A HISTORY OF SURREY taken towards forming the militia till the next session of Parliament. 1 By that time the character of the war and the character of the nation had been transformed by the appearance of a man, William Pitt. Two regiments of militia were embodied in Surrey without complaint and performed their service of marching up and down the southern counties. Some twenty years later the one regiment which had been retained in Surrey was on active service in the Gordon Riots in London. In the subsequent French wars there were ultimately five regiments of militia in Surrey with headquarters at Kingston, Guildford, Croydon, Putney and Clapham, besides volunteers. The period of the great French war passed with no notable politi- cal event in the county. One at least notorious if not eminent political person emerged from it. William Cobbett was a native of west Surrey, and it is not impossible that his frequent presence in the neighbourhood of his old home had something to do with the spread of the Radicalism of that age in the southern counties. These counties, including Surrey, were at all events one scene of its violent manifestation, and once more, in the nineteenth century, Surrey saw the beginning of something approaching popular insurrection. It belongs to social history rather than to political to tell of the agricultural distress which accompanied the French Revolutionary War, and which became still more acute after the peace of 1815, and which was intensified by an unwise administra- tion of absurd Poor Laws. The people of Surrey, in common with those of all agricultural districts, were poor, miserable and degraded. Riots and outrages, such as we associate with the worst districts of Ireland in bad times, were common within thirty miles of London. Matters reached a crisis in the autumn of 1830. The Revolution of July had been successful in France. Revolution had broken out in Belgium. George IV. was just dead and the ministry of the Duke of Wellington was tottering. The summer had been wet and the harvest in the south disastrous. Wages were falling, the 5*. a week sometimes paid was being replaced by 4*. 6d. or even, it was said, by 3^. wages which were of course supplemented by out-door relief. There was a spirit of political unrest and of savage discontent at social evils directed against all employers ; against old yeo- men farmers because they were ruined men and could not pay good wages, against gentlemen farmers because they bought out the old men and were strangers and innovators, above all against those who used threshing machines, whence the flail, the old mainstay of the poor in winter, was displaced. Letters signed ' Swing,' or ' Captain Swing,' threatened employers, overseers and tithe owners with condign vengeance unless they made reductions of rent and tithes and increase of wages and allowances. Nor were the threats empty. Ricks and farm build- ings blazed, machines were smashed, and riotous crowds extorted their terms from isolated farmers under threats of violence. Parliament had met on November 2, and about simultaneously the south-eastern counties 1 Walpole, Memoirs of the Reign of George II. III. p. 40-2. 428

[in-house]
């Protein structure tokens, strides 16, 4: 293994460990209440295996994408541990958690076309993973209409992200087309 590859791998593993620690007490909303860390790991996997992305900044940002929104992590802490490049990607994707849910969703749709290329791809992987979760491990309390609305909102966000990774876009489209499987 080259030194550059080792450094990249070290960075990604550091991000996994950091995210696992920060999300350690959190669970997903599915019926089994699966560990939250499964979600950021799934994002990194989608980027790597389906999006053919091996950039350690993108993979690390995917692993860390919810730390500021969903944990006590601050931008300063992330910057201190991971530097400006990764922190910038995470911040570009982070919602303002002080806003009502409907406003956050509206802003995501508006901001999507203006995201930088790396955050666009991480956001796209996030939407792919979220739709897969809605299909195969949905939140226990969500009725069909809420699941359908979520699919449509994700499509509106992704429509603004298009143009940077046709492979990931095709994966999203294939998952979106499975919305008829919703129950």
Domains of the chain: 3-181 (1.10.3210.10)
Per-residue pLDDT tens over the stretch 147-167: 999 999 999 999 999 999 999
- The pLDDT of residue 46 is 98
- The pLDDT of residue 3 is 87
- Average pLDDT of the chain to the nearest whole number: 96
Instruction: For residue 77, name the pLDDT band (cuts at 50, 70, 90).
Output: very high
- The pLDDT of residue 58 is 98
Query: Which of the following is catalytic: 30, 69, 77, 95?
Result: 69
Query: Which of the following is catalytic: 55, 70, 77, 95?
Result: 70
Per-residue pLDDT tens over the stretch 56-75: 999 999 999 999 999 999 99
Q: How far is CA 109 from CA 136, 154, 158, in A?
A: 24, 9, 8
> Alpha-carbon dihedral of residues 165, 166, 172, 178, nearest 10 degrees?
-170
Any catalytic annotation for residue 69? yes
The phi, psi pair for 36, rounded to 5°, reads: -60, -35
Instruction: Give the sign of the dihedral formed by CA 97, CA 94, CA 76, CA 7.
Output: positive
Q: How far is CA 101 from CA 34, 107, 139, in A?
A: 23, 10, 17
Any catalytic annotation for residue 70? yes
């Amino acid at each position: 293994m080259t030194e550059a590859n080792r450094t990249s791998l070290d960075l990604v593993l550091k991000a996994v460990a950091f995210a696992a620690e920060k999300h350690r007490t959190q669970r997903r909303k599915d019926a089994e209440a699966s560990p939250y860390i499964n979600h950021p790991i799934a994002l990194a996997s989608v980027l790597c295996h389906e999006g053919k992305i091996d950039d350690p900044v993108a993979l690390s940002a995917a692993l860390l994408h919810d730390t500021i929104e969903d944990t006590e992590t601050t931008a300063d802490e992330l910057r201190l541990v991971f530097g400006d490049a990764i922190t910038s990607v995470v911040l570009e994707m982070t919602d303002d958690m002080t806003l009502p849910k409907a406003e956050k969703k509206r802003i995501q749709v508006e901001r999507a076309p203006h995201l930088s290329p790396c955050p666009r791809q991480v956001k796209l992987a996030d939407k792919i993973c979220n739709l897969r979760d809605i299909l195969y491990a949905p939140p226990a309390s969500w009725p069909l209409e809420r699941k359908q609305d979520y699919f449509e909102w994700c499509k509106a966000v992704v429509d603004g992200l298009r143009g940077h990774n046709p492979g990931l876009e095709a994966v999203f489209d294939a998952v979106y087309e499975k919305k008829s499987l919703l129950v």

Page:VCH Surrey 1.djvu/508
Jump to navigation Jump to search
This page needs to be proofread.